Today is the first day of Spring! Spring is probably my favourite season – the weather starts to warm up which makes me want to go out and explore, but you still get plenty of rainy days that are the perfect excuse for getting cosy and having a lazy day with a book!
I’ve almost finished catching up on all the ARCs I requested when I first joined NetGalley (rookie mistake!) and I’ll soon be getting back to tackling my TBR list. I’ve decided to work through it starting with those that have been on my shelves the longest, so I’m slowly powering through The Romanovs – a 700+ page tome that’ll be my bedtime reading for the next few weeks, at least. La Belle Sauvage is a high priority too, as it’s been on my list since release but it’s also pretty hefty, so I’m saving that for later.
So, here’s the five most neglected books from my TBR!
All the Light We Cannot See by Anthony Doerr
This is quite a well-known one that I’ve somehow accidentally avoided until now. It’s won numerous awards, including the Pulitzer Prize. The story brings together a blind French girl and a German boy in the middle of WWII. It’s been on my shelf for almost two years now, and I have an eBook copy on my Kindle so really there is no excuse for not having read it yet!
East West Street by Phillipe Sands
East West Street has been on my TBR for just over two years, back when I first got into non-fiction reads. It looks at how WWII and Hitler’s rule influenced humanitarian laws, but also explores how this history intersects with the author’s own family story. This is exactly the kind of non-fiction that I love – books that I can learn from, but that also have a personal aspect to them. I think I’m going to really enjoy this.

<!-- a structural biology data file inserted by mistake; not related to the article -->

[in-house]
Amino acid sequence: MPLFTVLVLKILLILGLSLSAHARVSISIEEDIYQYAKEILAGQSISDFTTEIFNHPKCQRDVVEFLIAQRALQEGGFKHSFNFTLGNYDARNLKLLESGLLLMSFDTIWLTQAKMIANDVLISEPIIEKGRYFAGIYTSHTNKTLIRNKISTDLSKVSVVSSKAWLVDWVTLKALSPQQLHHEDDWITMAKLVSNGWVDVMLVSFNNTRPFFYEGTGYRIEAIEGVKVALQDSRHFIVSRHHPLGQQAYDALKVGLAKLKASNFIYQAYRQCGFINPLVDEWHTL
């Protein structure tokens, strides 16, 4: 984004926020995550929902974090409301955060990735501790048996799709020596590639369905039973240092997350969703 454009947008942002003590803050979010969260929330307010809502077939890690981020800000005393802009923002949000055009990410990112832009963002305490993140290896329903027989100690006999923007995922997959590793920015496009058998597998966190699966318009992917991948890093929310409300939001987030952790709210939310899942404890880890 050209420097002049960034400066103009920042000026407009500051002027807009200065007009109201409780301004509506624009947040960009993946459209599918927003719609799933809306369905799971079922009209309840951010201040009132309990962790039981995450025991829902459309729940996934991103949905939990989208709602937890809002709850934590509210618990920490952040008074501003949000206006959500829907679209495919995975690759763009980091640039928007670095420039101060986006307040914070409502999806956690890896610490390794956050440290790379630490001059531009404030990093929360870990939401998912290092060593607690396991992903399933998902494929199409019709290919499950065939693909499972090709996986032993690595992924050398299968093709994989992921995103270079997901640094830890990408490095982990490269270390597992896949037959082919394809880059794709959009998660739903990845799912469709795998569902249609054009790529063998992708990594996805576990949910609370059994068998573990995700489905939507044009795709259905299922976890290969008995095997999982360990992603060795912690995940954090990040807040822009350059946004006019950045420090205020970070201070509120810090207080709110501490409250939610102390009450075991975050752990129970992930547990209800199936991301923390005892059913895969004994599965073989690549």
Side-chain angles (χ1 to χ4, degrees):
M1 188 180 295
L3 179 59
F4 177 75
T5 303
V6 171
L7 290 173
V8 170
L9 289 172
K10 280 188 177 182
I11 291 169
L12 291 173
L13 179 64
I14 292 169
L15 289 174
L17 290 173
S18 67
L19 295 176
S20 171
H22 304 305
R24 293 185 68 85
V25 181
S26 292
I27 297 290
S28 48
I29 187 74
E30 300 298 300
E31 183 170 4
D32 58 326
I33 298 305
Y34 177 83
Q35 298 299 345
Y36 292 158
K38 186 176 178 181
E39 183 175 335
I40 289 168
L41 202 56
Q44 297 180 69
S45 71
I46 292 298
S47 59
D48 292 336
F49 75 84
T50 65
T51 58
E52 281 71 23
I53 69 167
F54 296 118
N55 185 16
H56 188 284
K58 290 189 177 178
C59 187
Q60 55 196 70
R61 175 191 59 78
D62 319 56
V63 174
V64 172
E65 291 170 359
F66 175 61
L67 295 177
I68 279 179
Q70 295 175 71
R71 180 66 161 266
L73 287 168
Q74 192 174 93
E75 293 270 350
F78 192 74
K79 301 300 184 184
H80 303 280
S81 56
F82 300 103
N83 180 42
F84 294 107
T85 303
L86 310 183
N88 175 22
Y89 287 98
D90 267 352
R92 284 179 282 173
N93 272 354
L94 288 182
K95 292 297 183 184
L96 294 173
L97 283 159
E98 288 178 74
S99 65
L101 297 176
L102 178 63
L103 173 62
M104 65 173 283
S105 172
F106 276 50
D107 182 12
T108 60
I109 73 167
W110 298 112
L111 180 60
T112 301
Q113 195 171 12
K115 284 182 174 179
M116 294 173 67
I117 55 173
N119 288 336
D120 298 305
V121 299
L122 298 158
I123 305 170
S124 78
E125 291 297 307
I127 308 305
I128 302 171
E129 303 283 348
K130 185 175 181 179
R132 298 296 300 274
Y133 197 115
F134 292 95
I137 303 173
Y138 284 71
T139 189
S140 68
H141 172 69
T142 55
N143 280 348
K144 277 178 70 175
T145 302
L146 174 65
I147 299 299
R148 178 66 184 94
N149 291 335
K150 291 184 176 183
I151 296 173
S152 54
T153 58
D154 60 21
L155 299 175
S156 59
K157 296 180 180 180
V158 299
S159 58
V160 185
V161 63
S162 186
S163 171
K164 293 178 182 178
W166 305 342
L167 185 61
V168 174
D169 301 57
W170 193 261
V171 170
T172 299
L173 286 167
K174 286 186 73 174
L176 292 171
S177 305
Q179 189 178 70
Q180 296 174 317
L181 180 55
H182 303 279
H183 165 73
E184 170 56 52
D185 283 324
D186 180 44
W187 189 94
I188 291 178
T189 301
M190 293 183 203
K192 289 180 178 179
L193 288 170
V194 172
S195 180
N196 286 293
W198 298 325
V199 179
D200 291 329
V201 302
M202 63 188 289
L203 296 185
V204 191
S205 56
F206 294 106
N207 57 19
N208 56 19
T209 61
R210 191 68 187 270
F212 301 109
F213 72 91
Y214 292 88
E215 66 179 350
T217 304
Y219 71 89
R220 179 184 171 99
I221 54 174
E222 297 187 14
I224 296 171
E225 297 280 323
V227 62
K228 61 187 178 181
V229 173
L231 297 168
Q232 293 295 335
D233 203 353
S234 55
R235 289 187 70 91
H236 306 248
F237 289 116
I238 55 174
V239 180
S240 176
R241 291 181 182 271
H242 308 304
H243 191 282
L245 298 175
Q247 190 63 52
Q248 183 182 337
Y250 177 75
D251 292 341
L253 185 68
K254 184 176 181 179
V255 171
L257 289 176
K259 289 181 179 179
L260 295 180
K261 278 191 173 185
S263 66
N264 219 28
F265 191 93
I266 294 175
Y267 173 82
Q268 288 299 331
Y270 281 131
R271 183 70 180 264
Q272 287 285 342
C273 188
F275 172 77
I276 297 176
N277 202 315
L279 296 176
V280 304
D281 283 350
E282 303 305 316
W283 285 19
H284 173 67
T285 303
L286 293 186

Under the Udala Tress by Chinelo Okparanta
Ijeoma is sent away from her home to keep her safe from civil war in Nigeria. When she falls in love with another girl, she learns that there can be taboos just as dangerous as war. This is one of the few books I have in the earliest part of my TBR list that is written by a woman, possibly because I’ve been unconsciously prioritising women writers in the past year or so, leaving mainly books by men unread. Not sure why this one has been missed up until now, because it sounds amazing. It’s been on my bookshelf for exactly two years today!
The Man in the High Castle by Philip K. Dick
Wow, so looks like I’m reading a lot about World War Two this season, huh? This isn’t a topic I usually read about so I think that’s why these have sat unread for so long and are making up the bulk of my most-neglected reads! The Man in the High Castle imagines a version of the United States where the Axis powers won WWII. I’ve been meaning to read this for a while now, and I keep putting off watching the television series (which I’ve been told is excellent) because I want to read the book first. Having sat on my shelves for just under two years, I think it’s time I read this classic!
Bleaker House by Nell Stevens
Nell Stevens was given a fellowship grant to spend three months where ever she wanted, writing a novel. Wanting a sabbatical from distractions, she chooses a remote island in the Falklands with only the sheep and penguins to keep her company. Bleaker House chronicles her short time on the island and the writing process of her novel. I heard of this shortly after publication and thought it sounded fascinating. I love my alone time but I don’t know how well I’d fare that alone for that long, so I’m interested to see how it effected Stevens’ writing process. This has been on my TBR since May ’17.